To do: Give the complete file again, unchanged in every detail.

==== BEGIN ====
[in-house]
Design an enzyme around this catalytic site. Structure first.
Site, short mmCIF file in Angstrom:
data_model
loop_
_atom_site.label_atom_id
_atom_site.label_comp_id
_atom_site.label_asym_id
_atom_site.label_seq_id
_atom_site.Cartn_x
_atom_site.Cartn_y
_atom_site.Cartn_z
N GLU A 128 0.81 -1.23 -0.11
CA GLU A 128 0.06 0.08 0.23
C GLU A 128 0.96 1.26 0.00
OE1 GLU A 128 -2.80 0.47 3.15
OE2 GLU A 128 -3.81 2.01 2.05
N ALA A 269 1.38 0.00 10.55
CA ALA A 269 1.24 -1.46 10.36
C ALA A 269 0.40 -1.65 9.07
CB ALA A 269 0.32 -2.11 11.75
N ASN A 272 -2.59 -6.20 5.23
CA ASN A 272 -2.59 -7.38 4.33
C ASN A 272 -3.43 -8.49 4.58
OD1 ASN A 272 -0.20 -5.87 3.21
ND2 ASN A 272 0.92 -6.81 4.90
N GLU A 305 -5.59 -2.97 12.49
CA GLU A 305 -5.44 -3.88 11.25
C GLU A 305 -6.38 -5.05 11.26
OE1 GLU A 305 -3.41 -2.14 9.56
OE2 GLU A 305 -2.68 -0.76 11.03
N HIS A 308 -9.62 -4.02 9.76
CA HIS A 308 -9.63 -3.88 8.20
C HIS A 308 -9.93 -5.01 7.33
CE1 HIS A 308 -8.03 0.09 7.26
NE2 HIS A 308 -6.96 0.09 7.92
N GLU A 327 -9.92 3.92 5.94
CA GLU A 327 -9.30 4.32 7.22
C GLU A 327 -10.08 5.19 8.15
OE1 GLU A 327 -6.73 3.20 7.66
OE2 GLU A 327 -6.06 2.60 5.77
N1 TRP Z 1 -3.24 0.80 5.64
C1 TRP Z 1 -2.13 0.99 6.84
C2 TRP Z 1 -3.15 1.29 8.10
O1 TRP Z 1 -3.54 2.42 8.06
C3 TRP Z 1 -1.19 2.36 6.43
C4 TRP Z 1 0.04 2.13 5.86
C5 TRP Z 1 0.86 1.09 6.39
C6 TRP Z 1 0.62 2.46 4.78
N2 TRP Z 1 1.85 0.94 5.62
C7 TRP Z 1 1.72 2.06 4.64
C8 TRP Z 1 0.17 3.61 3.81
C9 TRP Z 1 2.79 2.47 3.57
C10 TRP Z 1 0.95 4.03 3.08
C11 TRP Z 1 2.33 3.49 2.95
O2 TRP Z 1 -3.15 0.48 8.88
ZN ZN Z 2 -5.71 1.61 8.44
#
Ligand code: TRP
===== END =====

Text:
[in-house]
Design an enzyme around this catalytic site. Structure first.
Site, short mmCIF file in Angstrom:
data_model
loop_
_atom_site.label_atom_id
_atom_site.label_comp_id
_atom_site.label_asym_id
_atom_site.label_seq_id
_atom_site.Cartn_x
_atom_site.Cartn_y
_atom_site.Cartn_z
N GLU A 128 0.81 -1.23 -0.11
CA GLU A 128 0.06 0.08 0.23
C GLU A 128 0.96 1.26 0.00
OE1 GLU A 128 -2.80 0.47 3.15
OE2 GLU A 128 -3.81 2.01 2.05
N ALA A 269 1.38 0.00 10.55
CA ALA A 269 1.24 -1.46 10.36
C ALA A 269 0.40 -1.65 9.07
CB ALA A 269 0.32 -2.11 11.75
N ASN A 272 -2.59 -6.20 5.23
CA ASN A 272 -2.59 -7.38 4.33
C ASN A 272 -3.43 -8.49 4.58
OD1 ASN A 272 -0.20 -5.87 3.21
ND2 ASN A 272 0.92 -6.81 4.90
N GLU A 305 -5.59 -2.97 12.49
CA GLU A 305 -5.44 -3.88 11.25
C GLU A 305 -6.38 -5.05 11.26
OE1 GLU A 305 -3.41 -2.14 9.56
OE2 GLU A 305 -2.68 -0.76 11.03
N HIS A 308 -9.62 -4.02 9.76
CA HIS A 308 -9.63 -3.88 8.20
C HIS A 308 -9.93 -5.01 7.33
CE1 HIS A 308 -8.03 0.09 7.26
NE2 HIS A 308 -6.96 0.09 7.92
N GLU A 327 -9.92 3.92 5.94
CA GLU A 327 -9.30 4.32 7.22
C GLU A 327 -10.08 5.19 8.15
OE1 GLU A 327 -6.73 3.20 7.66
OE2 GLU A 327 -6.06 2.60 5.77
N1 TRP Z 1 -3.24 0.80 5.64
C1 TRP Z 1 -2.13 0.99 6.84
C2 TRP Z 1 -3.15 1.29 8.10
O1 TRP Z 1 -3.54 2.42 8.06
C3 TRP Z 1 -1.19 2.36 6.43
C4 TRP Z 1 0.04 2.13 5.86
C5 TRP Z 1 0.86 1.09 6.39
C6 TRP Z 1 0.62 2.46 4.78
N2 TRP Z 1 1.85 0.94 5.62
C7 TRP Z 1 1.72 2.06 4.64
C8 TRP Z 1 0.17 3.61 3.81
C9 TRP Z 1 2.79 2.47 3.57
C10 TRP Z 1 0.95 4.03 3.08
C11 TRP Z 1 2.33 3.49 2.95
O2 TRP Z 1 -3.15 0.48 8.88
ZN ZN Z 2 -5.71 1.61 8.44
#
Ligand code: TRP